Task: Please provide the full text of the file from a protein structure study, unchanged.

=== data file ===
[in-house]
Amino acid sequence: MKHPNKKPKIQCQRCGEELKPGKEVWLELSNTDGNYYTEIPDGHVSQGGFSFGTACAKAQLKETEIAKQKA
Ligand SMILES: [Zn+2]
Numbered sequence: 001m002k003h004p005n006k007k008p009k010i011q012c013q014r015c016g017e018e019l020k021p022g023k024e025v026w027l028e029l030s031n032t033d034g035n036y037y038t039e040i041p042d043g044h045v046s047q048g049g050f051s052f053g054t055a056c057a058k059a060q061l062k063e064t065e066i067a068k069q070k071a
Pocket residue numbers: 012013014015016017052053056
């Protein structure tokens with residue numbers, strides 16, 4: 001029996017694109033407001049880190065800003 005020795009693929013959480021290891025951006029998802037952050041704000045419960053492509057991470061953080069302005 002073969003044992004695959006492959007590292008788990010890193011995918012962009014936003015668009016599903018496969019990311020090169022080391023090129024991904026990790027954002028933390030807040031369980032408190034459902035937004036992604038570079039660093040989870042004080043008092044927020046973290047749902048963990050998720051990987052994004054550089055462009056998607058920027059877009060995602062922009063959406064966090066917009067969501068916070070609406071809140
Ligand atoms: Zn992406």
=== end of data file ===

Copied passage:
[in-house]
Amino acid sequence: MKHPNKKPKIQCQRCGEELKPGKEVWLELSNTDGNYYTEIPDGHVSQGGFSFGTACAKAQLKETEIAKQKA
Ligand SMILES: [Zn+2]
Numbered sequence: 001m002k003h004p005n006k007k008p009k010i011q012c013q014r015c016g017e018e019l020k021p022g023k024e025v026w027l028e029l030s031n032t033d034g035n036y037y038t039e040i041p042d043g044h045v046s047q048g049g050f051s052f053g054t055a056c057a058k059a060q061l062k063e064t065e066i067a068k069q070k071a
Pocket residue numbers: 012013014015016017052053056
């Protein structure tokens with residue numbers, strides 16, 4: 001029996017694109033407001049880190065800003 005020795009693929013959480021290891025951006029998802037952050041704000045419960053492509057991470061953080069302005 002073969003044992004695959006492959007590292008788990010890193011995918012962009014936003015668009016599903018496969019990311020090169022080391023090129024991904026990790027954002028933390030807040031369980032408190034459902035937004036992604038570079039660093040989870042004080043008092044927020046973290047749902048963990050998720051990987052994004054550089055462009056998607058920027059877009060995602062922009063959406064966090066917009067969501068916070070609406071809140
Ligand atoms: Zn992406």